Like most accounting firms, you’re worried about your team’s productivity. You don’t want to exhaust them, but you want to make sure they’re producing quality work at reasonable speeds. Every little tweak to their performance can help you meet your firm’s goals a little faster.
But in the modern work environment, we are constantly beset by notifications, alarms, tweets, and other interruptions. An account is missing documents. A contract is awaiting your signature. A client needs you to walk him through a report. The barrage of interruptions never stops! This is especially true during tax season when it seems impossible to get anything done.
A simple way to boost the productivity of your team, complete more projects, and ultimately serve your clients better is to implement a deep work program. Deep work helps you and your team focus on the projects that create the most value for your firm.
In this article, we’re going to explain the concept of deep work. Then we’ll offer some tips to implement deep work in your firm.A simple way to boost the productivity of your team, complete more projects, and ultimately serve your clients better is to implement a deep work program. Click To Tweet
Deep Work Explained
Deep work is a philosophy developed by computer science professor Cal Newport.
According to Newport, “Deep work is the ability to focus without distraction on a cognitively demanding task. It’s a skill that allows you to quickly master complicated information and produce better results in less time. Deep work will make you better at what you do and provide the sense of true fulfillment that comes from craftsmanship.”
Essentially, deep work is a skill that will make you and your team more competitive in our increasingly competitive work. A person in a state of deep work will work faster and produce higher quality work because they aren’t forced to switch mental modes over and over. Multi-tasking may seem better, but science has proven that it doesn’t work.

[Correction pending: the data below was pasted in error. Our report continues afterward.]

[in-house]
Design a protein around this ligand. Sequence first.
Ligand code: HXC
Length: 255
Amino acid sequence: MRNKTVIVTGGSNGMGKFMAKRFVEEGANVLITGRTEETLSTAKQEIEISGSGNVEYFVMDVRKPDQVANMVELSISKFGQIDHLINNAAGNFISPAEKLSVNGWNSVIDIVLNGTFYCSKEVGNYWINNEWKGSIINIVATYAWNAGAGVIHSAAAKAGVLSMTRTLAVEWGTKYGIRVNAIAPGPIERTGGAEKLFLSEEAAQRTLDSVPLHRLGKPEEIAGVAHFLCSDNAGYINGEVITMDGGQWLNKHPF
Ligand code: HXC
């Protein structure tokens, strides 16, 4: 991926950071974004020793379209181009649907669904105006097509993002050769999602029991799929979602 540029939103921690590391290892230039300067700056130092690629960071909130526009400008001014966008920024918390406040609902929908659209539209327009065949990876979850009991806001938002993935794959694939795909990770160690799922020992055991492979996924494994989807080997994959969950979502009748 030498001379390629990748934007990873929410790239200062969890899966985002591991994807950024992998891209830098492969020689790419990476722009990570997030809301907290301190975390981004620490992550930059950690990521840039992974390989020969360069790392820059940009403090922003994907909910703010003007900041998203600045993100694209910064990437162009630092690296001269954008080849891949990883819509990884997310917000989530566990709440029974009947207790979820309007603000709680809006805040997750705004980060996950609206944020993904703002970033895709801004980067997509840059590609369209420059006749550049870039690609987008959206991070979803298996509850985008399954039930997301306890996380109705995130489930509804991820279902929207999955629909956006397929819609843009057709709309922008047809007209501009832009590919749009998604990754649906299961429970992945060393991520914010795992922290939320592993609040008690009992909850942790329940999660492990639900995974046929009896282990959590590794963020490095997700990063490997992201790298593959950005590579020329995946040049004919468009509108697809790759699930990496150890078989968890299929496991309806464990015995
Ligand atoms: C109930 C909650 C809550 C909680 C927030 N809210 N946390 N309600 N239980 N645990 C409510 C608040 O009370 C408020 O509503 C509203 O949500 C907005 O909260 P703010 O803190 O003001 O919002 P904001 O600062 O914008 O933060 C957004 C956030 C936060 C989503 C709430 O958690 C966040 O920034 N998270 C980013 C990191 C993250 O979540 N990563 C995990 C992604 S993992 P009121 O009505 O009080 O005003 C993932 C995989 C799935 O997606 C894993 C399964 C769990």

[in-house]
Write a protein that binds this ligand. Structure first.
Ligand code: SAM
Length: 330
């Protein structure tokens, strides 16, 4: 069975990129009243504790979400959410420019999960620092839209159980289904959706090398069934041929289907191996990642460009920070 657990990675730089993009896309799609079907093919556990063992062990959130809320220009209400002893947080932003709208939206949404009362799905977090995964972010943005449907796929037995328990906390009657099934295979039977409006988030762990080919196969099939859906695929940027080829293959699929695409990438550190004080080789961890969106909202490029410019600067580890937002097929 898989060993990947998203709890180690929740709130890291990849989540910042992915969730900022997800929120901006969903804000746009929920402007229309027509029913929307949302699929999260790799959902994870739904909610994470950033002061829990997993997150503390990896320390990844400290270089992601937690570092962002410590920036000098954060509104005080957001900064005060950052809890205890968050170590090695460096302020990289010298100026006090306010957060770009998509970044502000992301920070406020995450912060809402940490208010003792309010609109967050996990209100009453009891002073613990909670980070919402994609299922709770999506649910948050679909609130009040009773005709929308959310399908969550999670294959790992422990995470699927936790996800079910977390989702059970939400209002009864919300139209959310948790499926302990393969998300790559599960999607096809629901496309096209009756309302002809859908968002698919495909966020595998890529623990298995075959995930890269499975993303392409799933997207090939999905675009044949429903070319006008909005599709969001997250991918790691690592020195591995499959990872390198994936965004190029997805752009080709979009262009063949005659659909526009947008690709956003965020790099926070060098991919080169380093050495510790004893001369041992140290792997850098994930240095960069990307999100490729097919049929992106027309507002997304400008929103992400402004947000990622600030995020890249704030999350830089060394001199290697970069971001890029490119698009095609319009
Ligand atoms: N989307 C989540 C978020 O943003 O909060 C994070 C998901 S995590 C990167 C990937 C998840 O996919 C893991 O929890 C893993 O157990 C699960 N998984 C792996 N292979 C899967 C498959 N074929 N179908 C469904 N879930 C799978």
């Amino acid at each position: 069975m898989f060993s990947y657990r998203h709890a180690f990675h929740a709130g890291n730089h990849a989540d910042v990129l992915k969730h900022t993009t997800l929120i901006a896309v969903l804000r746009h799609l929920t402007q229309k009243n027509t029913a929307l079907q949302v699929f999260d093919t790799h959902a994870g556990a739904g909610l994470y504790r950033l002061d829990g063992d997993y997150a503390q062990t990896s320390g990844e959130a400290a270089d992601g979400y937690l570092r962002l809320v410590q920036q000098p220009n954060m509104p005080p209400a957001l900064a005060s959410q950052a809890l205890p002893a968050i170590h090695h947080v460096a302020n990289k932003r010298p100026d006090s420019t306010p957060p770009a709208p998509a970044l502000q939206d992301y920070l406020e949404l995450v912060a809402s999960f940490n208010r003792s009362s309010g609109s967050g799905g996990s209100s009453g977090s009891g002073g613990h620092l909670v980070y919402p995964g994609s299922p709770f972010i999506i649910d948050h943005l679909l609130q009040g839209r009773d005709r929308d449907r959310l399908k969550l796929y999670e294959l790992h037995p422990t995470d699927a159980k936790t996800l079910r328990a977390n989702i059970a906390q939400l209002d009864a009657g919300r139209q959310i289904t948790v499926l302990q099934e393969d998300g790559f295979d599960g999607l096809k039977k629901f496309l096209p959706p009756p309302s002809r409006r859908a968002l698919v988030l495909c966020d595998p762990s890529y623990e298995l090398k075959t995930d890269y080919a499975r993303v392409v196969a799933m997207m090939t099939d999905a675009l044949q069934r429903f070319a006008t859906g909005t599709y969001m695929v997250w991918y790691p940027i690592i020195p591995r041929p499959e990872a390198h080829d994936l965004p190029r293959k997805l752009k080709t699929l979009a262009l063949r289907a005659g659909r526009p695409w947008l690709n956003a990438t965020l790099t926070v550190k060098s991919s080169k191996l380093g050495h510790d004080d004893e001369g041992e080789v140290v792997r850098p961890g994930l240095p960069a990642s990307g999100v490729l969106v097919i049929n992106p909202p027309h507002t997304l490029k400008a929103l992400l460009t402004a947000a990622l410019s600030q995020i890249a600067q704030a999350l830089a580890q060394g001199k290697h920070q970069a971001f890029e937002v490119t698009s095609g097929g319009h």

Working without distractions can produce powerful results. Fewer distractions increases productivity, especially when employees are allowed to focus on one task at a time. But many of us have lost the ability to work deeply. Instead, we spend our time in a blur of email, social media, meetings, and unimpactful tasks.
The problem is that maintaining focus is exceedingly difficult. It requires discipline, self-control, and a conducive work environment. This also requires the people we work alongside to understand and respect deep work.
Furthermore, it’s tempting to engage in what Newport calls “business as a proxy,” such as checking emails, chatting with colleagues, and attending unimportant meetings. These activities are shallow work. They feel like work, even though they do little to move the needle. It’s hard to really focus on one thing in an age when everything seems to never stop moving.
But it doesn’t have to be this way. With a little effort and company-wide buy-in, you can create a productive environment in your accounting firm that limits distractions, boosts productivity, and creates better work products for your clients.
Deep Work Styles
Implementing deep work is simple: Give your employees a designated block of time for them to work on one task at a time. There are four typical styles for this:
- Monastic deep work: Almost all of your time is spent in deep work. There is little or no shallow work on your schedule. This style is only possible for a small group of people. It’s basically impossible in a modern office, your accounting firm included.
- Rhythmic deep work: Time periods are designated for deep work on a regular, predictable schedule. For instance, everyone might spend the first two hours of each day in deep work. This helps you turn deep work into a habit.
- Bimodal deep work: Deep work is scheduled based on the needs of a project. One project might only require an hour of deep work, whereas another project might require several days of it.
- Journalistic deep work: This is where you fit deep work into your schedule wherever possible. It’s right for people and firms with unpredictable schedules. It’s also useful when deep work just isn’t that necessary (e.g. the office secretary who doesn’t contribute to special projects, but whose job is entirely reactionary).